1 John 4:19 “We love because He loved us first.”
God’s gift of love is not primarily about us learning to be more loving. As we grow in grace, we will likely learn to love others more; but first we must learn to receive love.
For many of us, this is a problem because we think that the Christian walk is about what we do and what we give. We fail to grasp that we cannot give what we have not received. Quite literally, receiving love must precede giving love.
Accepting God’s love means, in a very practical way, accepting the love of others. To put it another way, if we do not accept the love of people we will find it impossible to actually accept the love of God.
And since only God is perfect and His love is the only perfect love, accepting the love of people means accepting imperfect love, which is risky.
Imperfect people loving us imperfectly will sometimes include betrayal and breaches of trust and feeling let down.
On the other hand, choosing to trust someone to love us even knowing that there will be moments of let down, opens us up to actually receiving love –both the love of people and the love of God. And as we receive the perfect love of God, we now are able to begin (imperfectly) to love others.
We love (imperfectly) because He loves us (perfectly). Receiving precedes giving.
Accepting God’s & Forgiving Others
The Forgiveness Mandate
In the Lord’s Prayer, Matthew 6:12-15, Jesus taught His disciples to pray, “Forgive us our debts as we forgive our debtors.” In other words, to ask that they be forgiven to the same degree or extent that they forgive others.
While teaching the Lord’s Prayer, He reaffirmed the importance of forgiving others by saying, “For if you forgive others their sins, your heavenly Father will also forgive you. But if you do not forgive others, your Father will not forgive you your sins.”
Another time when Jesus was teaching on prayer (Mark 11:25), He said, “Whenever you stand praying, if you have anything against anyone, forgive him, so that your Father in heaven will also forgive you your sins.” This would imply that Jesus was serious when He said that if we don’t forgive others, Father will not forgive us.
In the Parable of the Unforgiving Servant, the king forgave an enormous debt.
When the forgiven servant refused to forgive someone else, however, the king re-instated the entire debt. Jesus concludes this parable by saying, “That’s what my heavenly Father will do to you if you refuse to forgive your brothers and sisters from your heart.”
The mandate is pretty clear. If we want to be Jesus followers, we must learn to forgive. We actually already knew this. Even unbelievers know that forgiving is the right thing to do. The problem is that we’re not very good at it.
Fortunately, there are principles we can learn and practice and we can get better at forgiving others and receiving God’s forgiveness.
Healing, Deliverance, Sanctification
Restoring Our Spiritual Houses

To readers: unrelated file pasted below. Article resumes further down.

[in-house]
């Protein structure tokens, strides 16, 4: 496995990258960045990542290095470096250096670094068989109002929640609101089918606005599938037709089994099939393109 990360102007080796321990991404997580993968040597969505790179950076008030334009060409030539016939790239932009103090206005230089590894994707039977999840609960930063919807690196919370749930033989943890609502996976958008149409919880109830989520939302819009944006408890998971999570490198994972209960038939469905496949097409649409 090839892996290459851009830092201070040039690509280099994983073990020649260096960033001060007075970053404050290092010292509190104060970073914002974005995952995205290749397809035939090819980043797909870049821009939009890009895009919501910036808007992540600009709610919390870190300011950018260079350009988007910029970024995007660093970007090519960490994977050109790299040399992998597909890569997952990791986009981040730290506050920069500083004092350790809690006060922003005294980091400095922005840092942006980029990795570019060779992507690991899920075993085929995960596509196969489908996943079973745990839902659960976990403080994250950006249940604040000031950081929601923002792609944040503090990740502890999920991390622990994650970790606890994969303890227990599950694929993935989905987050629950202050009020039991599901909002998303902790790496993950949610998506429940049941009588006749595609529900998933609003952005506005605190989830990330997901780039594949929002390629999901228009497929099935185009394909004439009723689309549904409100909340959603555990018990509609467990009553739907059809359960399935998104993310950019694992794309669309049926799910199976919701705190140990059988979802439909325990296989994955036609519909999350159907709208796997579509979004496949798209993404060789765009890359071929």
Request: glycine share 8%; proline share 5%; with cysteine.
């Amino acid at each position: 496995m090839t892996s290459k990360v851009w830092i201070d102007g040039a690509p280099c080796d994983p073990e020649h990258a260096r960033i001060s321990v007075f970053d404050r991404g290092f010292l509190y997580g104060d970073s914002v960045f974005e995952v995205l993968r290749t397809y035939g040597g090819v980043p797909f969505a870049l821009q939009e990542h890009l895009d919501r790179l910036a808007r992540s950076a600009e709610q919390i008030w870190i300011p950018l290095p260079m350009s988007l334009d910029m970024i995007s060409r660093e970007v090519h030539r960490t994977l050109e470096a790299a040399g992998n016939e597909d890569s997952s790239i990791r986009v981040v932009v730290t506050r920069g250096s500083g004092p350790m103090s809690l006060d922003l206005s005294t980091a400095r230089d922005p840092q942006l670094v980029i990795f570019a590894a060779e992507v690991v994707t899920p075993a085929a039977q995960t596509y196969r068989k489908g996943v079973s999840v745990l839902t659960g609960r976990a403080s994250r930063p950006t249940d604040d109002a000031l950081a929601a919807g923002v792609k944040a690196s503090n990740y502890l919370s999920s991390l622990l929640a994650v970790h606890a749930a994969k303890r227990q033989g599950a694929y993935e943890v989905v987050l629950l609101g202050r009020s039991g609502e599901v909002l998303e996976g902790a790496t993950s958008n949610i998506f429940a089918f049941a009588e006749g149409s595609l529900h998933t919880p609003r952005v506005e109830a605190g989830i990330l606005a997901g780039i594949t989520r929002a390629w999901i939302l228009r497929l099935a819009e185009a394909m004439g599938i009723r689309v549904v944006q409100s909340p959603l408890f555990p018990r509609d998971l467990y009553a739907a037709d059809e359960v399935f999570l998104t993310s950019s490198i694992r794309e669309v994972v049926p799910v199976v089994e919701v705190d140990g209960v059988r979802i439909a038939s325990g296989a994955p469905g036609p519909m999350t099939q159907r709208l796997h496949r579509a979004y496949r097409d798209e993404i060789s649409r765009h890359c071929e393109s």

Think of our spiritual lives as buildings -spiritual houses. Before trusting Jesus for salvation, we lived under the devil’s domain. Under the devil’s domain all sorts of spiritual doors got opened.
Some doors got opened by our own sinful choices; some were opened by sins that were done against us; some were opened by the sins of our ancestors; and some were opened simply by the difficulties of life -things like lack and trauma.
These open doors allow ungodly spirits to influence and defile our thinking, our beliefs, our emotions and even our physical bodies.
When we trust Jesus for salvation, He takes ownership of our spiritual house.
We are forgiven of our sins, but the damage done to the interior of our houses while we lived under the devil’s domain is often extensive. We are saved, but we still need healing and restoration. We need some spiritual house cleaning and repairs.
Biblically, this spiritual house cleaning process is called sanctification. Sanctification is not something done to us; rather, it is something done in us as we cooperate with God and submit to His leading and lordship.
Prayer & Warfare
In Jesus’ Name
After His death and resurrection, Jesus claimed that all authority in heaven and on earth had been restored to Him. When we become Christians we are joined to Jesus, who now has all spiritual authority.
This principle of being ‘in Jesus’ is a common thread running through the Epistles of Paul throughout the New Testament:
“But he who joins himself to the Lord becomes spiritually one with Him.” (1 Cor 6:17)
“Therefore, if anyone is in Christ, the new creation has come: The old has gone, the new is here!” (2 Cor 5:17)
If Jesus has all authority in heaven and earth, and we are in Him, we are no longer under the authority and dominion of Satan. Instead, those who are in Christ have authority over Satan and his demons.
Satan (and the demonic) have no authority over Believers; yet, Satan (and the demonic) still are powerful and destructive. Believers actually have authority over the demonic. Believers, however, are not in their own strength powerful. What this means is that there is an important distinction between power and authority.
Authority trumps power because authority sets the boundaries within which power may or may not function.
To illustrate, consider the difference between a professional football player and a football referee. The football player is by far much stronger. The referee, however has authority. Because the referee has authority, the football player must obey the referee.